ETP (English Teachers' Portfolio) is a site from the British Council in Brazil we posted about a long time ago. For some reason, they changed their URL and we deleted the entry, but ETP is back on track and so are we, letting you know about it.
Here is the information ETP publishes about their English learning site.
ETP is a unique self-study language improvement programme. It is specifically designed to help [students] develop listening and speaking skills. Special emphasis is placed on:
• improving pronunciation
• developing vocabulary and grammatical accuracy
• giving practise in linguistic areas which are often difficult
• classroom English
• teaching methodology
You can listen to the material as many times as you want to and there are a variety of accents for you to copy. It has a full Key for all the exercises, which includes model answers for the speaking activities and additional ideas to help you teach the language in class.
ETP is also full of Study tips and practical pedagogical suggestions to improve your classroom practice.
The material is based on interviews with a Brazilian teacher from Rio de Janeiro. We asked her to talk about various aspects of her personal and professional life, we then created 20 'units' based on her answers.
These units progress from 'easier' to 'more difficult' and are designed to serve as models for you to be able to answer the same questions and talk about your life in detail, fluently and accurately in English.
What level is ETP?
The ETP material does not easily fall into the usual categories. That's because we focus on listening and speaking practice. Many [students] know a lot of English but sometimes lack fluency and confidence.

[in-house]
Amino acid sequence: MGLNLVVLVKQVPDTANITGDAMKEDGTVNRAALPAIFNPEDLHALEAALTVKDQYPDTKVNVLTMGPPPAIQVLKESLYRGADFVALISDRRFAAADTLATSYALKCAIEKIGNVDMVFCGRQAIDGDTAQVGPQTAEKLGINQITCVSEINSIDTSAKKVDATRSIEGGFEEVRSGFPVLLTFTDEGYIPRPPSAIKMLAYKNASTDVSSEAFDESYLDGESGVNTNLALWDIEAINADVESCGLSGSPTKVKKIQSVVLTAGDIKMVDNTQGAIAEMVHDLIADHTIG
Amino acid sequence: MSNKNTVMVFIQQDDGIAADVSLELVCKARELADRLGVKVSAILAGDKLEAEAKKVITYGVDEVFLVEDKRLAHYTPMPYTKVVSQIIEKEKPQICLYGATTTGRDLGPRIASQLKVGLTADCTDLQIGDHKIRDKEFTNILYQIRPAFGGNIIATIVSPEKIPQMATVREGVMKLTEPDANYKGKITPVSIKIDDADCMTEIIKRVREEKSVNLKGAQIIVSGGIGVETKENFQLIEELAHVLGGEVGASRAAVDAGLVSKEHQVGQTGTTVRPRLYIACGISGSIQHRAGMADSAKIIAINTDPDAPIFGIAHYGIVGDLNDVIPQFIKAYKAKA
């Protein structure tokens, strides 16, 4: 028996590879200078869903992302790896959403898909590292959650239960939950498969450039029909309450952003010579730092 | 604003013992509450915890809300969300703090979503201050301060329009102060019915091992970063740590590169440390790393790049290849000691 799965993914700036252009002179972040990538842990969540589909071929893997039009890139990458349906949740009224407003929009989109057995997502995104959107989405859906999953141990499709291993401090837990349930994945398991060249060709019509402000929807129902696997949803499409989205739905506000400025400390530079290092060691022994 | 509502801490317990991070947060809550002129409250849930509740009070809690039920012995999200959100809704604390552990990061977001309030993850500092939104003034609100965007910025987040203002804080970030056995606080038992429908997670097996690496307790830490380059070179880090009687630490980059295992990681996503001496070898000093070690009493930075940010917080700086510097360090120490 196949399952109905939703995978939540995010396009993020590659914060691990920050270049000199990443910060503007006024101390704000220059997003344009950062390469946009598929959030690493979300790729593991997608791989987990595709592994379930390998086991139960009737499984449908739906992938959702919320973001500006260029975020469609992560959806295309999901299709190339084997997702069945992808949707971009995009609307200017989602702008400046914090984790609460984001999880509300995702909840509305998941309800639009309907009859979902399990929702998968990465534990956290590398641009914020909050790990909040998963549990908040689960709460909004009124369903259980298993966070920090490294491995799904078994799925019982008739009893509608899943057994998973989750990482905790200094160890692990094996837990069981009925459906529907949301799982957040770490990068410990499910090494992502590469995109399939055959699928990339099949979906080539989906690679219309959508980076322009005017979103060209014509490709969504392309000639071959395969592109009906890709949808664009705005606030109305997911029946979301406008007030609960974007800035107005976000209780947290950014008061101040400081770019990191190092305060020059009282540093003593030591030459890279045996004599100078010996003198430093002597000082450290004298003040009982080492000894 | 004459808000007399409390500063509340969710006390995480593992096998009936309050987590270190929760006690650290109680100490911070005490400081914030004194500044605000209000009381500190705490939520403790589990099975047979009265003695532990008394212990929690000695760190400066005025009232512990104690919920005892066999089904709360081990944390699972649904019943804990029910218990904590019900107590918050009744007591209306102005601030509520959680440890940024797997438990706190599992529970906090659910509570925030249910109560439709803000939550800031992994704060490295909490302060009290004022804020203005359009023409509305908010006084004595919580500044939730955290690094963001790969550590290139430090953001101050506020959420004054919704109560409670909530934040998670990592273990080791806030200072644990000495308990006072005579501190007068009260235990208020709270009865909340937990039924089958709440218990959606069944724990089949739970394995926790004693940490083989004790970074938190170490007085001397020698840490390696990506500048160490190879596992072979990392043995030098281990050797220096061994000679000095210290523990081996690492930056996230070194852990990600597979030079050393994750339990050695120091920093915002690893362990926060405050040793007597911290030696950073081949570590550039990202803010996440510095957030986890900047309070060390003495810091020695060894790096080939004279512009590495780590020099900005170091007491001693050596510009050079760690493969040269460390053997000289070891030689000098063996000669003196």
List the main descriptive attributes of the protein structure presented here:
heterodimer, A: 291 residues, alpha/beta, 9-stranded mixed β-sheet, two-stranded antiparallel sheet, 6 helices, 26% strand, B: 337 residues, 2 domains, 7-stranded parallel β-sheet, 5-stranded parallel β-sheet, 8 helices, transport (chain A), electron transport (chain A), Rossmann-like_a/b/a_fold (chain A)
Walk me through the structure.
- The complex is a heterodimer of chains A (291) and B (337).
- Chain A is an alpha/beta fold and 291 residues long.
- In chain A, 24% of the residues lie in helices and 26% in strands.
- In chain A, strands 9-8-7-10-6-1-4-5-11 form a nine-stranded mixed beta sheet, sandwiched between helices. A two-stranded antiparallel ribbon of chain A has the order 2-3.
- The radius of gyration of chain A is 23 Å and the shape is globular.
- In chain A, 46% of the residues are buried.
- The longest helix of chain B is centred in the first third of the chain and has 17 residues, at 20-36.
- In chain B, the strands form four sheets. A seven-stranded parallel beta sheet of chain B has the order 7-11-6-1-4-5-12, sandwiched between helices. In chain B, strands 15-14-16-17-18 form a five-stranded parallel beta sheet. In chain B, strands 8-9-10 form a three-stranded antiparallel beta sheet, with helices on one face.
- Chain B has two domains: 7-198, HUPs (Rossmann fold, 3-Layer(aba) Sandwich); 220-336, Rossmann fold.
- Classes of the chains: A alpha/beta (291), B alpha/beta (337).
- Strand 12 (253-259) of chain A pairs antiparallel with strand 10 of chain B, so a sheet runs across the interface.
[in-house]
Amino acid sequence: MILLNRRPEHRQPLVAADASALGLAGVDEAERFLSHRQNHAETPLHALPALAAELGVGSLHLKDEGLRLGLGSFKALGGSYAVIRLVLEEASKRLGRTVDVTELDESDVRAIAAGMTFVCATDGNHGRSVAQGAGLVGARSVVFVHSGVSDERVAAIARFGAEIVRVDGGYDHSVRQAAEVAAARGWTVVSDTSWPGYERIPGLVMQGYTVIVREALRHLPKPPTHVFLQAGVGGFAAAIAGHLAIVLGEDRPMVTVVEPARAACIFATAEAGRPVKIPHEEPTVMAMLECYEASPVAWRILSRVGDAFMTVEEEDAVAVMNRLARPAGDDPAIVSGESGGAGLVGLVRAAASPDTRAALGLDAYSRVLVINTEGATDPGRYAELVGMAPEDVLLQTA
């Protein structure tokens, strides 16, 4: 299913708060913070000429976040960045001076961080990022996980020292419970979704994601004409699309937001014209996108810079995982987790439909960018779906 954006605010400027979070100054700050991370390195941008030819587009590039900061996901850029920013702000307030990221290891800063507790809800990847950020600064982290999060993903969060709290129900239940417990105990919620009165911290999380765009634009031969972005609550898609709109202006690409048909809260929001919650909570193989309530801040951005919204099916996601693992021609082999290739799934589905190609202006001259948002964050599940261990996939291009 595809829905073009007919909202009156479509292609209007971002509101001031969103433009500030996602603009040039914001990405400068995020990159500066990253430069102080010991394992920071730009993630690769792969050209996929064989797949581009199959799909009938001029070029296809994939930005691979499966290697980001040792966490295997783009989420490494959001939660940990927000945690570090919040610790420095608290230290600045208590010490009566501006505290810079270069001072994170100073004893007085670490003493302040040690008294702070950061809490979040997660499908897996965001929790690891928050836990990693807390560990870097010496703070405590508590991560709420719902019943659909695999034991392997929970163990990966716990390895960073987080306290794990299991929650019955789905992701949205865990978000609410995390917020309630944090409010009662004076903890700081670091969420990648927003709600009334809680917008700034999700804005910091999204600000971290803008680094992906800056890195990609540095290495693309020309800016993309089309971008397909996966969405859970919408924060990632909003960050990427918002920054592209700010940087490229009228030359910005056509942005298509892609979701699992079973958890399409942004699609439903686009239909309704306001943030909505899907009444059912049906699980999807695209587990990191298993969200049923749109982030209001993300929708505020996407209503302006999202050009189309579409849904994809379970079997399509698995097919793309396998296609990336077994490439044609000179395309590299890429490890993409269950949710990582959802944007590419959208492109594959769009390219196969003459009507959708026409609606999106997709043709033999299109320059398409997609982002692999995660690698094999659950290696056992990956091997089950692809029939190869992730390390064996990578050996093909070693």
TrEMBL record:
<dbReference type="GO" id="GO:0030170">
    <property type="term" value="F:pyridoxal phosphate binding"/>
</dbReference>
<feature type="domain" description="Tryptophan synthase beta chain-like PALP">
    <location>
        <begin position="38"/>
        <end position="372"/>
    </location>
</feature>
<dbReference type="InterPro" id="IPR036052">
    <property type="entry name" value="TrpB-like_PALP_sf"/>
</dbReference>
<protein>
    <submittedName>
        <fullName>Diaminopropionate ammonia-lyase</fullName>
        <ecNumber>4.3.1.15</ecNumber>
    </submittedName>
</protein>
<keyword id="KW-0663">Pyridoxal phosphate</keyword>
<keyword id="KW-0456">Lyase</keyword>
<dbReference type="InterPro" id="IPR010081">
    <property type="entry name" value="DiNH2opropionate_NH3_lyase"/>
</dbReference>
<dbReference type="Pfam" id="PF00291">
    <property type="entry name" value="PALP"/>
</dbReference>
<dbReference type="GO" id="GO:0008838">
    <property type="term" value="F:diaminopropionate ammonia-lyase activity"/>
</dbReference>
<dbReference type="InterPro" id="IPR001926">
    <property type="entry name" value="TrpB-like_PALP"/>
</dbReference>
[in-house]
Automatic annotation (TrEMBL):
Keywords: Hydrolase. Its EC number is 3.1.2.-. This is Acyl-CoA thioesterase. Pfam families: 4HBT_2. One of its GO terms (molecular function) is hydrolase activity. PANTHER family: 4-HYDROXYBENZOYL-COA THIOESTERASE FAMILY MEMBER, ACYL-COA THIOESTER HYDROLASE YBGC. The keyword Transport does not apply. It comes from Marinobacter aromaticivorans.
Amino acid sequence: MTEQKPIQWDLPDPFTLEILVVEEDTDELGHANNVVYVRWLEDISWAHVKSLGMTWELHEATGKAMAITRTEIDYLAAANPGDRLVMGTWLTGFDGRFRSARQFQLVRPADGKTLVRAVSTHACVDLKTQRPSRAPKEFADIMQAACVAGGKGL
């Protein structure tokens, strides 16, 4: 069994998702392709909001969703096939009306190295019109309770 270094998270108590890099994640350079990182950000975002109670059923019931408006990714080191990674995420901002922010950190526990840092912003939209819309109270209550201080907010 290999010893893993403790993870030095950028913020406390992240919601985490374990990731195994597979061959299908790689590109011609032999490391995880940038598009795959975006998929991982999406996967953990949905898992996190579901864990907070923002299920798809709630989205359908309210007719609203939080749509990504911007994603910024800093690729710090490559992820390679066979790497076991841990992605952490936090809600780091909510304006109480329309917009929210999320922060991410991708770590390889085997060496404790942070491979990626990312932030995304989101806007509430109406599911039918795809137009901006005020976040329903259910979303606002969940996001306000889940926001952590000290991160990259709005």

At first glance the ETP material may look easy. But if you listen and answer without reading, and then try to copy the models then record yourself and develop fluent answers, you will find it much more challenging and useful.
To sample the level of the material we suggest you quickly try to do one or two of the E sections from the later units, e.g. unit 10 and unit 19 of the course. If you can easily listen and answer most of the questions there accurately and with good pronunciation, and get a score over 65, the material may well be too easy for you. You may find it useful to move around the book doing only the parts that you find difficult, although it is designed to progress from unit 1 to unit 20.
In terms of lexis and grammar, the material begins at an 'elementary' level and progresses to 'pre-intermediate'. When you finish you should have a fluent vocabulary of about 1500 words and be at an oral / aural level equivalent to the Cambridge Preliminary English Test (PET) (B1).